Cohabitation Awareness Week – 27 Nov to 1 Dec 2017
November 29, 2017
Over 3.3 million people now cohabit, the fastest growing family type in the UK.
As a nation we are bombarded with Awareness days, weeks or months designed to highlight a plethora of issues in today’s society. This month alone includes men’s health awareness, action on lung and pancreatic cancer, novel writing and even going vegetarian. This week is Cohabitation Awareness Week.
Over 3.3 million people now cohabit, the fastest growing family type in the UK. Despite regular press coverage, there is a startling lack of understanding of a person’s legal rights if they are not married or in a civil partnership. Statistics suggest that, shockingly, two thirds of people still believe that there exists a ‘common law marriage’.
The simple reality about cohabiting is that if your partner dies without leaving a will you will not automatically inherit anything unless there is property in joint names. If, say, you have given up a career to stay at home with the children you will not be entitled to maintenance, any property in your partner’s name, or have any entitlement to their assets or pension funds. Even savings or investments held in your partner’s name, but accrued during the relationship, will not entitle you to a share.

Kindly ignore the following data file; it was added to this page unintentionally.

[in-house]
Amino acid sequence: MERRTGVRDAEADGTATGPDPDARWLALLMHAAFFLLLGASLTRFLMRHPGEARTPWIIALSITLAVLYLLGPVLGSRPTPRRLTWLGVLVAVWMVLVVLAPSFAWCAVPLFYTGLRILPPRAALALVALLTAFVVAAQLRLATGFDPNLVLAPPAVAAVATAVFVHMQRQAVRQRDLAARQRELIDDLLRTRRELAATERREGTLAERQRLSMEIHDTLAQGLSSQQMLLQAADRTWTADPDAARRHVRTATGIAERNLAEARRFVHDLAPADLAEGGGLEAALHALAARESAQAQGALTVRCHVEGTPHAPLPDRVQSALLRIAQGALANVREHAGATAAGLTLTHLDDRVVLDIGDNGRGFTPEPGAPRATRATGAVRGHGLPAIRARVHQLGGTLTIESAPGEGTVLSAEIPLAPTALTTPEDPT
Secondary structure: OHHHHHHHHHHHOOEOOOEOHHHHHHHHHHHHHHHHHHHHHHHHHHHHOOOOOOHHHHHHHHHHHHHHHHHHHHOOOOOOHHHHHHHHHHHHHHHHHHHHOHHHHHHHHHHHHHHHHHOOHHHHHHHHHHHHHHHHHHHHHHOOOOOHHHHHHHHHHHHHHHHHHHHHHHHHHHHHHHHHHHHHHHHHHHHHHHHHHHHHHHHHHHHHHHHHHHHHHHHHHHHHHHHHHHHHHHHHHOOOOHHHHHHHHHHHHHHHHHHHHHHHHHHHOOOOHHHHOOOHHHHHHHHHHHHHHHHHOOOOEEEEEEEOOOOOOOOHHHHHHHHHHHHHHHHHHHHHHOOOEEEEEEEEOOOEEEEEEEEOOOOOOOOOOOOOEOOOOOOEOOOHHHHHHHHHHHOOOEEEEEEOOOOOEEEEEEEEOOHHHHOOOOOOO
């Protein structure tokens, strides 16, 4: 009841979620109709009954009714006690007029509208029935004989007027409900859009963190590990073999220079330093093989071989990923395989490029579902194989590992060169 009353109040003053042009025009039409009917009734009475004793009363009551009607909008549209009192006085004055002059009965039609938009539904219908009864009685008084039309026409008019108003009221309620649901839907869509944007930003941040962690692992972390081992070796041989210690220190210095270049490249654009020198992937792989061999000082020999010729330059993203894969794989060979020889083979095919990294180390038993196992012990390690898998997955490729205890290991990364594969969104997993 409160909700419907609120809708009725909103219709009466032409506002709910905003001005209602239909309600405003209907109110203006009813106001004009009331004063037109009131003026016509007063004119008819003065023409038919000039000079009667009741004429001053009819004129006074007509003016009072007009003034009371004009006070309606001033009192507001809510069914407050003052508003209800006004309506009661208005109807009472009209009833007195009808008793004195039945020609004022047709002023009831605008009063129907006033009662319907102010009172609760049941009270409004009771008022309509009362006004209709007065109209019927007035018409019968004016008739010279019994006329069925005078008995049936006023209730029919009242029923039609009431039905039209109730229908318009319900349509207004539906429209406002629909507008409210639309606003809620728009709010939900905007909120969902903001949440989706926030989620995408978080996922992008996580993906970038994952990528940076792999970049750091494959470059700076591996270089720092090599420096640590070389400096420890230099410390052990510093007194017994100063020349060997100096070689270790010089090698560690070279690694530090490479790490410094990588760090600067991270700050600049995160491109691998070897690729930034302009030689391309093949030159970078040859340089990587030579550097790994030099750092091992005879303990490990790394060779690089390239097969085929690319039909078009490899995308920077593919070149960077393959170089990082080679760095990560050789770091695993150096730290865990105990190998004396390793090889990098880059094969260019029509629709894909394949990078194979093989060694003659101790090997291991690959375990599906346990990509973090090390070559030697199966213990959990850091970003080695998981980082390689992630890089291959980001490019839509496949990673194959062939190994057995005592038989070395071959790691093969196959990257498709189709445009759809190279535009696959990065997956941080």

The bottom line is that cohabiting couples do not have to support each other financially after the breakdown of a relationship. However, if you have children then both parents do still have a legal obligation to financially support them.
So where does that leave you if you are cohabiting? Marriage or civil partnership automatically confer a comprehensive array of legal rights but if this is not an option, for whatever reason, then a Cohabitation Agreement is a way of avoiding potentially disastrous financial consequences if the relationship ends. These agreements can be tailor made to your requirements and can include your financial contributions to the relationship, as well as declarations of trust in respect of property, all of which can document contributions, business interests, savings and investments and more importantly how your finances will be arranged should the relationship sadly come to an end.
If you would like to talk to a member of our Family Law team about cohabitation agreements or making/updating a Will, please contact Sharon Trimmer.